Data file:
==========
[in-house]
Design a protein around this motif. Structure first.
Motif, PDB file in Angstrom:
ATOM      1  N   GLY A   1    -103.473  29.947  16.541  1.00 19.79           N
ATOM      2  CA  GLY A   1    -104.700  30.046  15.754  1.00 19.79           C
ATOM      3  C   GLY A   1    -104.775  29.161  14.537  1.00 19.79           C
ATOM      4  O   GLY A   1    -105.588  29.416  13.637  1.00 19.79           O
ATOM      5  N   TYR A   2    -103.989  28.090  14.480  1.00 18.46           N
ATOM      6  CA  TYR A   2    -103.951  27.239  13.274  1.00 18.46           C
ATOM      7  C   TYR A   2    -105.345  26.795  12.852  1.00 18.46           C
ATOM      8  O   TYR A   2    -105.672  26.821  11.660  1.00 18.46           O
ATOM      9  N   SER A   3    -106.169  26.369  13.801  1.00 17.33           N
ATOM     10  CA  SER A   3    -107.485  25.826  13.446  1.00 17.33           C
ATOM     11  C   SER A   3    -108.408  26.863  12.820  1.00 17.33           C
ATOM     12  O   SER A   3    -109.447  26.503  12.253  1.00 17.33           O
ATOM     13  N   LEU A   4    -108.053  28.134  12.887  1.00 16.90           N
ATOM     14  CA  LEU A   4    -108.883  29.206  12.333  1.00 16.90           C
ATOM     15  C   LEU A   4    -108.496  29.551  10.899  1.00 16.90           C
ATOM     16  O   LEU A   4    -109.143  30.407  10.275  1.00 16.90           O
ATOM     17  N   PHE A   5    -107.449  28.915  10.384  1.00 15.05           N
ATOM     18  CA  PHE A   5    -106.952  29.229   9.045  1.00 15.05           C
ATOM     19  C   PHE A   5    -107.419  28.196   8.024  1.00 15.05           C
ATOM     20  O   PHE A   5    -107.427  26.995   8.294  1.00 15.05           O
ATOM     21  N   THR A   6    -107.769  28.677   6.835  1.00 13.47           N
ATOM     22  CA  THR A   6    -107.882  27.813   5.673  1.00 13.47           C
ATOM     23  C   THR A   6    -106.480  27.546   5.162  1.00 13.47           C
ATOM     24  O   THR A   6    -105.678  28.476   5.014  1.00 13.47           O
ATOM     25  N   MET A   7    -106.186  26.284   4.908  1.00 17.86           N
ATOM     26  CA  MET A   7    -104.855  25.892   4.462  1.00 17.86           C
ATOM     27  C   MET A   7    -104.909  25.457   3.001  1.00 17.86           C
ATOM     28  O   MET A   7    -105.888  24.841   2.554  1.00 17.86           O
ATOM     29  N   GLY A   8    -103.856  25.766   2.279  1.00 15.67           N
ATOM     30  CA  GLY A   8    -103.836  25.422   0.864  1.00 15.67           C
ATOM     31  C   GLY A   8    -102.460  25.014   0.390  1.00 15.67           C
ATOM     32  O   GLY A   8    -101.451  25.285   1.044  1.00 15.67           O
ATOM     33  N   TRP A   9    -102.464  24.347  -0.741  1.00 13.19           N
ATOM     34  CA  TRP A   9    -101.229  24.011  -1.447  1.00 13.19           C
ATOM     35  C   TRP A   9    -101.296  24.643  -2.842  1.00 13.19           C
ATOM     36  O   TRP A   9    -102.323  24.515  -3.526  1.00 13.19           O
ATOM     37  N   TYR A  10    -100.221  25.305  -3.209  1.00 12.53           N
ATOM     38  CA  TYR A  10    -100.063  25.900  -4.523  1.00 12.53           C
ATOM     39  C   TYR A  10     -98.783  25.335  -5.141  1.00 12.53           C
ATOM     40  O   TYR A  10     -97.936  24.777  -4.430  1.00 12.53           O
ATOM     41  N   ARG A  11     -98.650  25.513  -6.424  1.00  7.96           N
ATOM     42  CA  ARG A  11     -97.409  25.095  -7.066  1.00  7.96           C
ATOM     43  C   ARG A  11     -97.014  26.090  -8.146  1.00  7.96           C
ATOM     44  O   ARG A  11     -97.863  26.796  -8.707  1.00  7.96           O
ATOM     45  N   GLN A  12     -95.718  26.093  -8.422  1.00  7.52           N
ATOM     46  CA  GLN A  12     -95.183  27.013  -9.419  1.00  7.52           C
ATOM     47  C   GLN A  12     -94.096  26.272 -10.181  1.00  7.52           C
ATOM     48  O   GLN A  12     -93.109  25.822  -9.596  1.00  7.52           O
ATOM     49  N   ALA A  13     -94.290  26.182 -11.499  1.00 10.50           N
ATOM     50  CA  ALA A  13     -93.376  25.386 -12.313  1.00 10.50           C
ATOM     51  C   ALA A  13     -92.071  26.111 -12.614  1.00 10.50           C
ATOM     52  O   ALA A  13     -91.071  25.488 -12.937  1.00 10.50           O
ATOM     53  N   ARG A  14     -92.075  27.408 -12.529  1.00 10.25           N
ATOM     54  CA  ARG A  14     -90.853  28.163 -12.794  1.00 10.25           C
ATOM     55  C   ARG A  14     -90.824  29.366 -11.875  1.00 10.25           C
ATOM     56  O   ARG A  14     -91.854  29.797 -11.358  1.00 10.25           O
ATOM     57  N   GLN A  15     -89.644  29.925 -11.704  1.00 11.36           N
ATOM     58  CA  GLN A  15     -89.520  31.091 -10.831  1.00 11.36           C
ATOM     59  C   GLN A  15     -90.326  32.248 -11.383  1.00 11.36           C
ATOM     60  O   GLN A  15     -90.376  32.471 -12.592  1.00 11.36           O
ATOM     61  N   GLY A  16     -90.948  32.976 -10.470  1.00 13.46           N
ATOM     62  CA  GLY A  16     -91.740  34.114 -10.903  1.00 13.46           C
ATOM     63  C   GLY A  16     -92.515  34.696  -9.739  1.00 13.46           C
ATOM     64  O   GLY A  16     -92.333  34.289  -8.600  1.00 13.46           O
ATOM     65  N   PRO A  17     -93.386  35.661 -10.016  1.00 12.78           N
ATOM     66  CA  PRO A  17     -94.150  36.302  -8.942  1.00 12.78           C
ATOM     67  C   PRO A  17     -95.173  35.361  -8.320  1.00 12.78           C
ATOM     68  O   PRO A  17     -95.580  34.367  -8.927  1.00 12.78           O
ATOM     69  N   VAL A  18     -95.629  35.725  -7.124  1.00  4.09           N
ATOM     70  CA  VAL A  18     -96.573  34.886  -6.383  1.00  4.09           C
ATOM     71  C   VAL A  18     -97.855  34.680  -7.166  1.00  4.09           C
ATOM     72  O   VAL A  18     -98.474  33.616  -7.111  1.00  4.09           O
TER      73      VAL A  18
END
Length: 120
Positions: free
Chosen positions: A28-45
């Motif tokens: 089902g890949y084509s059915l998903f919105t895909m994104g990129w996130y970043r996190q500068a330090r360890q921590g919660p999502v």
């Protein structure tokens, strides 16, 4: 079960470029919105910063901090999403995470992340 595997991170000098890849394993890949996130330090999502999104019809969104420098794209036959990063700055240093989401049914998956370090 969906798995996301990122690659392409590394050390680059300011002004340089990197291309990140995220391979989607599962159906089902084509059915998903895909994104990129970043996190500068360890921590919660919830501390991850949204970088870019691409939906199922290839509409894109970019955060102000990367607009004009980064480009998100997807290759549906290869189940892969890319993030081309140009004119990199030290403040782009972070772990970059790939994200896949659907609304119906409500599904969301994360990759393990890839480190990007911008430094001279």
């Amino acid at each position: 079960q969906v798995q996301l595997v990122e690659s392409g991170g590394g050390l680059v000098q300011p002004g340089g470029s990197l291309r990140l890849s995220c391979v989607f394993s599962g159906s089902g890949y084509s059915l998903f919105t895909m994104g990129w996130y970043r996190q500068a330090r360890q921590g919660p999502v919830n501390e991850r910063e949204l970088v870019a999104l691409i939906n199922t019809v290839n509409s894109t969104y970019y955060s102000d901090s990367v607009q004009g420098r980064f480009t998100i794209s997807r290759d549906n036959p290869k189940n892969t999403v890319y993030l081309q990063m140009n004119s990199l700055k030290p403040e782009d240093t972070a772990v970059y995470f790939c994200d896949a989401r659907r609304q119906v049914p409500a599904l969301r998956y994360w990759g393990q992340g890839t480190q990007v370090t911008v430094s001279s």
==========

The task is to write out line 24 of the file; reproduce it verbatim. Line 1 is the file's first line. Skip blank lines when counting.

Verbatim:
ATOM     21  N   THR A   6    -107.769  28.677   6.835  1.00 13.47           N